CollegeCultureInspiration

I think every female has noticed this phenomenon at some point in their life: men tend to notice women a bit more if their features are slightly enhanced…by make-up. I notice that when I go on my occasional morning jog with no make-up on, barely any guys will try to communicate with me. When I’m at the gym in the evenings after class, I have a bit of make-up on, and for some reason, males will try to come talk to me.

Another instance of this “cosmetic on/off” phenomenon occurs on days when I am hardcore studying in the library after sleepless nights when I tend not to have any sort of lipstick, eyeliner, or foundation on. My acne scars are showing, the shades of dark circles under my eyes are present, and my forehead wrinkles are visible. I do not mind this. This is my natural look and I am proud of it. But why is it that the days I am bereft of any modification, absolutely no guy will sit with me in the library? On days when I am well-rested, showered, and have my make-up on, males with come and occupy some of the vacant seats around me. I attract them with my red lips, and perhaps I repel them with my pale lips.

Why does this happen? I have the same amount of intelligence with or without make-up. I am the same person with or without make-up. I have the same memories, the same sense of humor, and the same sarcastic undertones in some of the words. I am the same person, the same soul, and the same human despite my disheveled and haggard appearance or my prim and proper look.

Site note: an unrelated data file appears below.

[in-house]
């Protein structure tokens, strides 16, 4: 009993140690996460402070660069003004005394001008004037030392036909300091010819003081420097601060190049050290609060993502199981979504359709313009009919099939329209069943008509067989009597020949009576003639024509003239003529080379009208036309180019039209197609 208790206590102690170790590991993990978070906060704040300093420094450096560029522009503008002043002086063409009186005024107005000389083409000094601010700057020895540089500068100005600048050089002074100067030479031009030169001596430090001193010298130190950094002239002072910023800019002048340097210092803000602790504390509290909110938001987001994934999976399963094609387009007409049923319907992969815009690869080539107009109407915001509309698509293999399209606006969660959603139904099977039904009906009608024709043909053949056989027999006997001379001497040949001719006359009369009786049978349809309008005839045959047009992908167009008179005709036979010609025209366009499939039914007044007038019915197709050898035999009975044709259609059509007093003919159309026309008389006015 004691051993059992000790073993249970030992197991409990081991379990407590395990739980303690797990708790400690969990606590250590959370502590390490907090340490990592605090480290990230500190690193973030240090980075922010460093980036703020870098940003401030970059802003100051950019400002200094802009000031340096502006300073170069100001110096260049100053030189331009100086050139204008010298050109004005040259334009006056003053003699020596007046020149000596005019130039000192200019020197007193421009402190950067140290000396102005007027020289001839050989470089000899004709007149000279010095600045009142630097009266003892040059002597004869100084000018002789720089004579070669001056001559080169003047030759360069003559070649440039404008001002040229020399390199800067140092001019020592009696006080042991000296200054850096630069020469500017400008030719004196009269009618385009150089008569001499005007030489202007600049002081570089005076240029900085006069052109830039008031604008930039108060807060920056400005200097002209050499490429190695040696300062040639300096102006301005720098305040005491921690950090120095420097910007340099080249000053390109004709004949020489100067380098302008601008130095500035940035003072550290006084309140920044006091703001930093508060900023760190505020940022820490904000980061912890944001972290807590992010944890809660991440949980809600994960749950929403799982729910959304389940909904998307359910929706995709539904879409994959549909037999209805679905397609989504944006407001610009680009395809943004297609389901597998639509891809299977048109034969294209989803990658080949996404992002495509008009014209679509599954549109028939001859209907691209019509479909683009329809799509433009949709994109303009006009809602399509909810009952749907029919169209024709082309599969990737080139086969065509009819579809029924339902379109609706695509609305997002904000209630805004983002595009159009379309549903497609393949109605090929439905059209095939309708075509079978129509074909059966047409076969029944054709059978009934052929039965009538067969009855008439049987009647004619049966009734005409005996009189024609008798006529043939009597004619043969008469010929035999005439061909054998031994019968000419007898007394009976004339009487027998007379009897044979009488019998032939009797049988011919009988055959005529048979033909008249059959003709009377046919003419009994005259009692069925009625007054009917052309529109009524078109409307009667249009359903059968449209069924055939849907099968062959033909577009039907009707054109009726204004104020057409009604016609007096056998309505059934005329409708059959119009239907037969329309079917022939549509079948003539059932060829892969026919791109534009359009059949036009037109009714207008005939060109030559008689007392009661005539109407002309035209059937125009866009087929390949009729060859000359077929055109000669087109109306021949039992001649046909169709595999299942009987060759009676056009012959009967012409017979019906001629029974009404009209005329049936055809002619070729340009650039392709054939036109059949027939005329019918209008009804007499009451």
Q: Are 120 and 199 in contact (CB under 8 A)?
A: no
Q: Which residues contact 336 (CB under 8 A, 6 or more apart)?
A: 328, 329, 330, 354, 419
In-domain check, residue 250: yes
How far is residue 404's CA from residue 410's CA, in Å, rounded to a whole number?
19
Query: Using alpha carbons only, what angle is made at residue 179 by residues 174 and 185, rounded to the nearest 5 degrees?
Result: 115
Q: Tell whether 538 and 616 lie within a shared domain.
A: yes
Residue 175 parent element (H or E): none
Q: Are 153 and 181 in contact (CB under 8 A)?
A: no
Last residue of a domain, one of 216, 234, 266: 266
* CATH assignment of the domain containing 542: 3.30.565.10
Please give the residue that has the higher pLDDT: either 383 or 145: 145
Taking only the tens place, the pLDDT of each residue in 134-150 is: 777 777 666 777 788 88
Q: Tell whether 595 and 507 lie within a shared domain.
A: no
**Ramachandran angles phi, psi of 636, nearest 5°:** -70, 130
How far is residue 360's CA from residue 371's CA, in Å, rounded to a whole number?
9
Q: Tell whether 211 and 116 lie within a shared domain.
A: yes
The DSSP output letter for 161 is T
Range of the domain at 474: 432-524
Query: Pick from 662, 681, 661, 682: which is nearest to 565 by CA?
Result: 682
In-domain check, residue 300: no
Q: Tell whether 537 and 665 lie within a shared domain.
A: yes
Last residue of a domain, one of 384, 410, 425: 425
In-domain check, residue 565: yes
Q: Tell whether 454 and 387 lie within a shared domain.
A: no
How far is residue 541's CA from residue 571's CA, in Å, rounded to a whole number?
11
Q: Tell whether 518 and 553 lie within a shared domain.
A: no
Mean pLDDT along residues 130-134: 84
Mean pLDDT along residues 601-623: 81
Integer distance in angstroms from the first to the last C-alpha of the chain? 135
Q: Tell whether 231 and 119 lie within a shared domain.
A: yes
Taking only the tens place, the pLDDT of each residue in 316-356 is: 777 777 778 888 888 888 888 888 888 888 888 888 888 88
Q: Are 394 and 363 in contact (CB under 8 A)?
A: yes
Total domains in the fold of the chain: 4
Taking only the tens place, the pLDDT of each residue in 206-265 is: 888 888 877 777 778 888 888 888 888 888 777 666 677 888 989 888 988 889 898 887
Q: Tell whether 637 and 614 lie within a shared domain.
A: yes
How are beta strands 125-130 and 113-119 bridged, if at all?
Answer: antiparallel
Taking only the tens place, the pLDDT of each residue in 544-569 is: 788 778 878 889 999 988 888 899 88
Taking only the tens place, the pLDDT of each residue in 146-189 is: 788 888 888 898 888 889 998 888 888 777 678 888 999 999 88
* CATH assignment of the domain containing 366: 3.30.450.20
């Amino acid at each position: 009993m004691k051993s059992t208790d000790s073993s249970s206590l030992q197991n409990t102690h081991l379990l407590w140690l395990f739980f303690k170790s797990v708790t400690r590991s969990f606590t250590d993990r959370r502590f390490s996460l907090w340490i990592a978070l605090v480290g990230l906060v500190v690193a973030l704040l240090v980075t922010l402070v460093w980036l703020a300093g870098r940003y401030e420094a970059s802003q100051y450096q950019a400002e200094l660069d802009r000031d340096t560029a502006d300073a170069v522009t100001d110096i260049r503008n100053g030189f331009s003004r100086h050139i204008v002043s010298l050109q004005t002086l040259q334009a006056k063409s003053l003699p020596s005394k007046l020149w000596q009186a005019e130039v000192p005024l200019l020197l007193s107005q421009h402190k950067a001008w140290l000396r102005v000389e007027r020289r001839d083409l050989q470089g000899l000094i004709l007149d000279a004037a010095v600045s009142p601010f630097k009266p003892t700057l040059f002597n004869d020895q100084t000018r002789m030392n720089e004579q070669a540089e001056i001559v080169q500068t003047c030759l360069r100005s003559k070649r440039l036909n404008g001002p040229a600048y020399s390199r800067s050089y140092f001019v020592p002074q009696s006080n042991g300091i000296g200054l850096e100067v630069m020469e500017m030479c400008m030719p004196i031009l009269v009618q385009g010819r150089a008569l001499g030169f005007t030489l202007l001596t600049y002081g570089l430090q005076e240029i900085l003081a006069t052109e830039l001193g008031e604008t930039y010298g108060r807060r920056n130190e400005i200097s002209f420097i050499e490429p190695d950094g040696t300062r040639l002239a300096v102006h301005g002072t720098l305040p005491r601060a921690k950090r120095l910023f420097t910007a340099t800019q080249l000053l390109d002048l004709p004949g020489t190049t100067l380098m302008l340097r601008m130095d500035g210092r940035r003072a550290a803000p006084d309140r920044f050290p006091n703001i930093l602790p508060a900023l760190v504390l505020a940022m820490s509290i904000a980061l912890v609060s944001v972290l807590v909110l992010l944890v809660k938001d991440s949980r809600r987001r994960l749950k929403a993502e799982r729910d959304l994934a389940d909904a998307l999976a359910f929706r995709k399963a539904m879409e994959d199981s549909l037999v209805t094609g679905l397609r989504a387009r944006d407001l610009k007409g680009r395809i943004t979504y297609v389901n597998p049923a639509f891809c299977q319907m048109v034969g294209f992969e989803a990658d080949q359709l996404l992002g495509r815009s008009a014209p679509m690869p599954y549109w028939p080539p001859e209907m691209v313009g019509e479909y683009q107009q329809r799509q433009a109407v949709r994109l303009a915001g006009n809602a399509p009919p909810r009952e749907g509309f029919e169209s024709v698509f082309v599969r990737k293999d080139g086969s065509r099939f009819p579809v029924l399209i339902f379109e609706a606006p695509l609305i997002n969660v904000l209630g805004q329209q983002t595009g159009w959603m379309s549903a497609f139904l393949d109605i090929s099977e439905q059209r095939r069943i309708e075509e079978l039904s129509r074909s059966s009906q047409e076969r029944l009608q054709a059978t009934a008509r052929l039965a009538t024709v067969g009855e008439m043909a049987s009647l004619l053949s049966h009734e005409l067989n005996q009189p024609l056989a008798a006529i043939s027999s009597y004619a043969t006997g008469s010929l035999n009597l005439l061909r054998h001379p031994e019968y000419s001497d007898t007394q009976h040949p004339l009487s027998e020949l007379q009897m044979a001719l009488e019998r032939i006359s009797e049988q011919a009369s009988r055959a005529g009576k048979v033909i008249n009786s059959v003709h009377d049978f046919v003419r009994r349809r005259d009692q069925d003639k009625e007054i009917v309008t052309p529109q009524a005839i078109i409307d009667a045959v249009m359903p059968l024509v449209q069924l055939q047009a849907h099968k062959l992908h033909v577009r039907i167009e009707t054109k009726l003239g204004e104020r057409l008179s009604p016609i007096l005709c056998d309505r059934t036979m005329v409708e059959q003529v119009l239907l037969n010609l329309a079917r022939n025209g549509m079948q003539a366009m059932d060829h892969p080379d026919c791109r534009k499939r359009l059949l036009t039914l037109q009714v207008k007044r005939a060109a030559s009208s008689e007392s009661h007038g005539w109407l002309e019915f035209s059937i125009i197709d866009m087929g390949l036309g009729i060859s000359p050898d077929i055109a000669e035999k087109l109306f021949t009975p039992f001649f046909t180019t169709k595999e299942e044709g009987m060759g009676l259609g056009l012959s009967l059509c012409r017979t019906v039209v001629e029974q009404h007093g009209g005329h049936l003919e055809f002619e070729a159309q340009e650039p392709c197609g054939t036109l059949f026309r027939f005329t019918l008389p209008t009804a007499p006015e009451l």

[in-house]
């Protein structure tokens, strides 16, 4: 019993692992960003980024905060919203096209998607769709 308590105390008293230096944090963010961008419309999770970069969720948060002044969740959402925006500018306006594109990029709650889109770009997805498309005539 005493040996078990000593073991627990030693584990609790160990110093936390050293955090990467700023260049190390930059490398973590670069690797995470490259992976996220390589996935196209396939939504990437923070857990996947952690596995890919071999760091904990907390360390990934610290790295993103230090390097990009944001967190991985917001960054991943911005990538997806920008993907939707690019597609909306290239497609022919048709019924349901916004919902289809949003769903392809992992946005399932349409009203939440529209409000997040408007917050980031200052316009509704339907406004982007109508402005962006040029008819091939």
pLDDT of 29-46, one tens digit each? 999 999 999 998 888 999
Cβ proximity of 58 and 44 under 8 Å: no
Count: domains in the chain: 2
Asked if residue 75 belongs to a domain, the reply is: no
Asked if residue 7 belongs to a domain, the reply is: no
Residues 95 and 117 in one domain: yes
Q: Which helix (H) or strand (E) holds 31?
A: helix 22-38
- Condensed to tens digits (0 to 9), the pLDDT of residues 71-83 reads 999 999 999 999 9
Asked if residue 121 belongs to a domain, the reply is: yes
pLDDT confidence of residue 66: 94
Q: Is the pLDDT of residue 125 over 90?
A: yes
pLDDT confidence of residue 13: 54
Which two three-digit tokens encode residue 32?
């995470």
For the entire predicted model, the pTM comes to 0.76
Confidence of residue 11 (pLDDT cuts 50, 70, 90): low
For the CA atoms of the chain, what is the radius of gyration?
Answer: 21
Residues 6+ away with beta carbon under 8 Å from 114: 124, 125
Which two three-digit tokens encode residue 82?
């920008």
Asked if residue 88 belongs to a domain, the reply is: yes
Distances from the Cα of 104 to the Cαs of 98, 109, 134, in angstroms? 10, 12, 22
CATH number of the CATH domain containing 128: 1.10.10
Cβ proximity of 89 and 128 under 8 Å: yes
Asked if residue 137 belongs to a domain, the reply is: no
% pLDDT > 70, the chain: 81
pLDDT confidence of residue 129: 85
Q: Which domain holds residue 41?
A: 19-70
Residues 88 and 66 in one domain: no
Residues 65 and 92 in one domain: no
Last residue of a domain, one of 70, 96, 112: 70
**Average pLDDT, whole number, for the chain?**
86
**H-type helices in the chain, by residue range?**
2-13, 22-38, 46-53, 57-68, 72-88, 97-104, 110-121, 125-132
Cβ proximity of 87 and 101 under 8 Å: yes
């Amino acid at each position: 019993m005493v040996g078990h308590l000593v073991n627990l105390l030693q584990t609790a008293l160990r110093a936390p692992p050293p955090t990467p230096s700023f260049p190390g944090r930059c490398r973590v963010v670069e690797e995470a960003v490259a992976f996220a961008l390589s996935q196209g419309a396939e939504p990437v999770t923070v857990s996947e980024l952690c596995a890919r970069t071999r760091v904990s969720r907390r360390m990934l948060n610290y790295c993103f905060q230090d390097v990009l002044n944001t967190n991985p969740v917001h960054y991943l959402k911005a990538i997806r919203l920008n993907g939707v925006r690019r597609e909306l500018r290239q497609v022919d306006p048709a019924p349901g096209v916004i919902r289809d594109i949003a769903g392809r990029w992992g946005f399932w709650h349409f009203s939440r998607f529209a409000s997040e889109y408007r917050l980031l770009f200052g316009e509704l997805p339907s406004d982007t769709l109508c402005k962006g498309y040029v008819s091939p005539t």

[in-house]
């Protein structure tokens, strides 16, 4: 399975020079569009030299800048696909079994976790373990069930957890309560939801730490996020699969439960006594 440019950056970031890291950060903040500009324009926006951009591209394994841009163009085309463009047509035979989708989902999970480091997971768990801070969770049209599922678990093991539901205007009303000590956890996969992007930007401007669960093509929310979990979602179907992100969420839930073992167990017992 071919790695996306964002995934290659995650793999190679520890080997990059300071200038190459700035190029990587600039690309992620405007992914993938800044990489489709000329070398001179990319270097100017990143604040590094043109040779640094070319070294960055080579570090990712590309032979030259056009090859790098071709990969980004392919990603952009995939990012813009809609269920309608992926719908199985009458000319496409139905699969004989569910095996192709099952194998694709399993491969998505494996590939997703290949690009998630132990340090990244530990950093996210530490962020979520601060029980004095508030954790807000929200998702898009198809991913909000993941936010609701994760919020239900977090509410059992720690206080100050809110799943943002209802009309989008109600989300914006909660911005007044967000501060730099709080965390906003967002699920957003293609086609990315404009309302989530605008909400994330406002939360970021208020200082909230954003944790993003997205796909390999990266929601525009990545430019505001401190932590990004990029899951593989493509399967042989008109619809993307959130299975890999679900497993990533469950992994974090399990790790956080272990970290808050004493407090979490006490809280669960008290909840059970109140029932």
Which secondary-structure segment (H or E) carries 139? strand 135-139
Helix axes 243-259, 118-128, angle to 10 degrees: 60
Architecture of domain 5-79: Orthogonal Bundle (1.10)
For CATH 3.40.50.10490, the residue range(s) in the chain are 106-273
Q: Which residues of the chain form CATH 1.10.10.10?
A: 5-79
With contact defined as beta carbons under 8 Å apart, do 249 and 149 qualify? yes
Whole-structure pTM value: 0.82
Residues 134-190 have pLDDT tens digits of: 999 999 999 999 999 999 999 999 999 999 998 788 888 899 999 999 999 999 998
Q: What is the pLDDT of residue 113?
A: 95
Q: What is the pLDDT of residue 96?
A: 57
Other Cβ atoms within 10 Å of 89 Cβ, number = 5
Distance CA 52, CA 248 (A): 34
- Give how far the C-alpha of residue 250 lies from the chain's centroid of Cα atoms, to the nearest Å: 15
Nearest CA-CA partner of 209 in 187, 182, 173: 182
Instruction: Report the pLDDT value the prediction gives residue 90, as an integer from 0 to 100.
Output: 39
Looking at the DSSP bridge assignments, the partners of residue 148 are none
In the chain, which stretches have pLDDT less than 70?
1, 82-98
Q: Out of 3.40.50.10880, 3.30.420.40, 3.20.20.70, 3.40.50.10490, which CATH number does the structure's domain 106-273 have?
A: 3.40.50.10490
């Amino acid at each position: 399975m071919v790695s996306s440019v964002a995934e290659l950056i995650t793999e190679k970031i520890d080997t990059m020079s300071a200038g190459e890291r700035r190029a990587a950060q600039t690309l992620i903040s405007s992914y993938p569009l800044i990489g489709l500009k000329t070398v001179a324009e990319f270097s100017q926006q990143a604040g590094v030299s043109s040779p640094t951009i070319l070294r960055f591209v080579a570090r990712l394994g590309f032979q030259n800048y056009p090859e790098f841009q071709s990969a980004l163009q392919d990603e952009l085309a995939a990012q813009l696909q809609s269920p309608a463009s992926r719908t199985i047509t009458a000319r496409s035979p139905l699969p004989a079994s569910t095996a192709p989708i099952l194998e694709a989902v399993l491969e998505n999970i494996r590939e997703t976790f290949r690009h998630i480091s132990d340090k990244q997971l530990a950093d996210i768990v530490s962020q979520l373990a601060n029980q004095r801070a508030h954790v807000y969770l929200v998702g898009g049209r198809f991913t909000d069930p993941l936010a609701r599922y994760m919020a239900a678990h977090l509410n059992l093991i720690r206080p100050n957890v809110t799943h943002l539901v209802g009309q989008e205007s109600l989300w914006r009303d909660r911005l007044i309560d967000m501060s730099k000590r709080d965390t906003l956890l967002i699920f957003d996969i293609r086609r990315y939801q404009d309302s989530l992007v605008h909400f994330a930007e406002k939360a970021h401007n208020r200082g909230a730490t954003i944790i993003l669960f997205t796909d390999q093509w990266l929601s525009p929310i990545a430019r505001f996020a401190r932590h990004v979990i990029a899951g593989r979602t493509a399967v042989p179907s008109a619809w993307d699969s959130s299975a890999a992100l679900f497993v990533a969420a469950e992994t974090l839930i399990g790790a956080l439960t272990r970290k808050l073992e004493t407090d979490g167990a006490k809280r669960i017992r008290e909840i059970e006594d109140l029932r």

Perhaps this condition does not only apply to males, and I have only noticed it in them. Maybe it’s just human nature that we tend to approach those who seem clean and beautiful, as opposed to those who look like they just rolled out of bed. It’s just natural for us to judge people by their appearance; it’s an inherent ability that we possess. We tend to feel safer around those who look put together physically.

However, is it possible for us to evolve out of this behavior and thought process? Can we look past people’s physiognomy and actually try to explore their minds? Is that something that our generation could possibly accomplish and set as a trend? Quite possibly, yes. I believe we can do this…next time you see someone sitting alone, regardless of what they look like, just go up to them and talk to them. I try to do this in college and I have met many beautiful souls and amazing characters.

Image: Hayley Bolan

CultureEducation